b) When any vehicle is stopped at a marked crosswalk or at an intersection with no marked crosswalk to permit a pedestrian to cross the roadway, the driver of any other vehicle approaching from the rear shall not overtake and pass the stopped vehicle. 

Cyclists are afforded similar rights in 169.22  – Subd 4f:
(f) A person lawfully operating a bicycle on a sidewalk, or across a roadway or shoulder on a crosswalk, shall have all the rights and duties applicable to a pedestrian under the same circumstances.

In practice, cyclists should never rely on the law, or the encouragement of one motorist, to assume that they are safe crossing intersections such as 26th Street. In addition to the fact that other motorists may not understand that they cannot overtake or pass a vehicle waiting for a pedestrian or cyclist in a marked crosswalk, there is a problem of visibility as well. Cyclists and pedestrians in a crosswalk may very well be screened by the vehicle that has stopped.

Remember that cyclists are supposed to stop at this crossing and yield to cars. Cyclists should only enter the crossing when it is clear vehicles. If a driver does yield to a cyclist trying to cross 26th street, the best thing to do is make lots of eye contact, make absolutely sure that there are no other vehicles entering the crossing and proceed with caution. Do not put your safety in the hands of other people. Never let a driver persuade you that it is safe to cross just because they have stopped and waved you across if there are other vehicles at the crossing. Often, I will shake my head “no” and cross my arms to let the driver know that I am not going to cross just because he/she waved me across.

As you note, there is a narrow center island on 26th Street, but that center island is really not wide enough to create a safe refuge for cyclists, so I avoid waiting there and wait on either side of the crossing until I can cross both lanes of traffic. Sometimes it takes patience, but that’s the best way to make this crossing.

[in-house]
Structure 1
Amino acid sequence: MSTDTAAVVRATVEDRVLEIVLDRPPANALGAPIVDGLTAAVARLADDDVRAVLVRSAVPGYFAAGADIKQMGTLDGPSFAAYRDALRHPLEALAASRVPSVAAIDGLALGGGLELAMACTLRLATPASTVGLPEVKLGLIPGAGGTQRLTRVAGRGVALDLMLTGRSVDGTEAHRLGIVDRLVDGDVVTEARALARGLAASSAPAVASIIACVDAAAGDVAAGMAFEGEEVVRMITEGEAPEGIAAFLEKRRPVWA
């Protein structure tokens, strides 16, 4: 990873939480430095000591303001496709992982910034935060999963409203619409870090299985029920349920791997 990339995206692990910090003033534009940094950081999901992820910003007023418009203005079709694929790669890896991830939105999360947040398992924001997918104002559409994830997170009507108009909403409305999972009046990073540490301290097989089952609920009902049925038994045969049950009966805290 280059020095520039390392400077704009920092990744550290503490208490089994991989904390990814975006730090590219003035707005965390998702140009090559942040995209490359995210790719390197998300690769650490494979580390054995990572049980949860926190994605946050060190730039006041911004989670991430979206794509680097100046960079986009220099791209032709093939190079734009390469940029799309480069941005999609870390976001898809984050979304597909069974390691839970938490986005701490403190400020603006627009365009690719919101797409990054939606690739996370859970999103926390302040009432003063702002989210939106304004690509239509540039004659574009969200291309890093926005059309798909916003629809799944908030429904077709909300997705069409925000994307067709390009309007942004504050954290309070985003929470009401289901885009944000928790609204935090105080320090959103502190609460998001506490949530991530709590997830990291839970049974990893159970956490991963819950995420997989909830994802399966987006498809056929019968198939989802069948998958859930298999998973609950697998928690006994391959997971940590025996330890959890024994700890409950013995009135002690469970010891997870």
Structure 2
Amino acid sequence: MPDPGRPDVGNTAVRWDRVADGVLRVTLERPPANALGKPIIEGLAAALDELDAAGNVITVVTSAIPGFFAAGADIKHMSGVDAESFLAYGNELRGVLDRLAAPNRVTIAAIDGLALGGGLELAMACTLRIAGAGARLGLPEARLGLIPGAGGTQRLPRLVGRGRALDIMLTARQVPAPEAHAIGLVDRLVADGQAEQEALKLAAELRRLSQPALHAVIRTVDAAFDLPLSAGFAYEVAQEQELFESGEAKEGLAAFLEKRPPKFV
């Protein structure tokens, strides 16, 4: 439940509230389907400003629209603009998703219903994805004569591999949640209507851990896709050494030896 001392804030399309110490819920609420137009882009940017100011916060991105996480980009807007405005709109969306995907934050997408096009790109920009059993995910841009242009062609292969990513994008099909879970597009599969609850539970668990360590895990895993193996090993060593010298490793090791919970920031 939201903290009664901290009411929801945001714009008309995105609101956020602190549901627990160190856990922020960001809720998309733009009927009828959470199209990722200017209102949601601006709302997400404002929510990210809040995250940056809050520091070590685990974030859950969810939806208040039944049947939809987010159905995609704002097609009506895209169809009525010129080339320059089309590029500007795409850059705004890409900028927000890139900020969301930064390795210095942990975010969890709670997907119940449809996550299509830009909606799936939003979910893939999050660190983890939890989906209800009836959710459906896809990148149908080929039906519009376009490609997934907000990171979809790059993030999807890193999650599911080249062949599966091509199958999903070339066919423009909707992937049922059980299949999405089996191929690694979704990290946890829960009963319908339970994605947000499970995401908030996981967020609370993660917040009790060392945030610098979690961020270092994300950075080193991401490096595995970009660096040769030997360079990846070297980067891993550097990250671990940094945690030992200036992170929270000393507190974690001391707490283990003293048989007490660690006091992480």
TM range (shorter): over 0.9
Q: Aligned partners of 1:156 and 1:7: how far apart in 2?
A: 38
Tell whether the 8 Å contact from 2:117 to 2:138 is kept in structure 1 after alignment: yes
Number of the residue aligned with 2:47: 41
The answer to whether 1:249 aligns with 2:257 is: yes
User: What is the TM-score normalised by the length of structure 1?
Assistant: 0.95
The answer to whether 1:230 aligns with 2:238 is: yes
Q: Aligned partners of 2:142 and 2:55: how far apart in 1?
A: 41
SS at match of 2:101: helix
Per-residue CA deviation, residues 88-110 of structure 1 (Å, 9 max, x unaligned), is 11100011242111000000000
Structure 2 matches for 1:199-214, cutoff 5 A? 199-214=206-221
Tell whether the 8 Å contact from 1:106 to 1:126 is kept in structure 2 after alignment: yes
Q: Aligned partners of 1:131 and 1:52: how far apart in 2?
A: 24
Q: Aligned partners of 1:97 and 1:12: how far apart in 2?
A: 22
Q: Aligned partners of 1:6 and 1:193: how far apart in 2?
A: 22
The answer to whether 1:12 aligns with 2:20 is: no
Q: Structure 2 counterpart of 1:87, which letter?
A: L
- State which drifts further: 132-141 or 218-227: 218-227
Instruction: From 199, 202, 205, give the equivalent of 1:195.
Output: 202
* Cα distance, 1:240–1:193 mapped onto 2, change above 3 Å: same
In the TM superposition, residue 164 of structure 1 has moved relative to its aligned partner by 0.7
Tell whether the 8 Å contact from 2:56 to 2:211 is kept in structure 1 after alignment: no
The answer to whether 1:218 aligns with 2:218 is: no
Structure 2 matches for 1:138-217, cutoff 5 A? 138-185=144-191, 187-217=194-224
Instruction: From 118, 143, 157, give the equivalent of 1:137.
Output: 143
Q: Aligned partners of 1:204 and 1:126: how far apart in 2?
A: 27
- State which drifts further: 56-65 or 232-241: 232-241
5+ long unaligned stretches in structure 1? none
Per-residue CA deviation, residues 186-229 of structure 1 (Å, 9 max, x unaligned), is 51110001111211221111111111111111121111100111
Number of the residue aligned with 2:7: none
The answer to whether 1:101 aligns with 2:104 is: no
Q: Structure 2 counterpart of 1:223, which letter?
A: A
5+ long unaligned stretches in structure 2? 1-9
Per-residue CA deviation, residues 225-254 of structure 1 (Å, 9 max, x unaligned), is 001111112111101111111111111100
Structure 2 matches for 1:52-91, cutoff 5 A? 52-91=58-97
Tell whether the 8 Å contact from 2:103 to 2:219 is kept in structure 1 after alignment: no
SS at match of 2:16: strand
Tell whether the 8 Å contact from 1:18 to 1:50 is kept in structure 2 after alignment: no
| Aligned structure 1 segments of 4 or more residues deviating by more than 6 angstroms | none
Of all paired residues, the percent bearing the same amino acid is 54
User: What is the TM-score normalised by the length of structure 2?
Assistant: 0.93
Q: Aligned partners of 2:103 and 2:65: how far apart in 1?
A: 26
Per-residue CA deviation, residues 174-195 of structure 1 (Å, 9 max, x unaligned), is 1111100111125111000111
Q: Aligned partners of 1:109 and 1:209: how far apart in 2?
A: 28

If you have ideas on how to improve difficult crossing such as this, pass your thoughts on to the Minneapolis Bicycle Coalition and let the City know through their on-line feedback form.

This entry was posted in Ask the LCI and tagged , , , , , , , . Bookmark the permalink.

2 Responses to Ask The LCI #2 – Stuck in the Middle

  1. hokan says:

    Another part of the problem with some bike path crossings it that they are not necessarily crosswalks. The crossing here does not seem to be marked as a crosswalk.

    Pedestrians have the right-of-way at two types of crossings: at crosswalks and at intersections. This is plainly an intersection so pedestrians have the right of way. Cyclists have the right of way at only one of those two types of crossings: crosswalks. This crossing is not a crosswalk so bikers do not have the right-of-way and must wait for cross traffic to clear.

  2. Joe says:

    That’s a great point, Hokan – thanks for adding that.

Leave a Reply

Fill in your details below or click an icon to log in: Logo

You are commenting using your account. Log Out /  Change )

Google+ photo

You are commenting using your Google+ account. Log Out /  Change )

Twitter picture

You are commenting using your Twitter account. Log Out /  Change )

Facebook photo

You are commenting using your Facebook account. Log Out /  Change )


Connecting to %s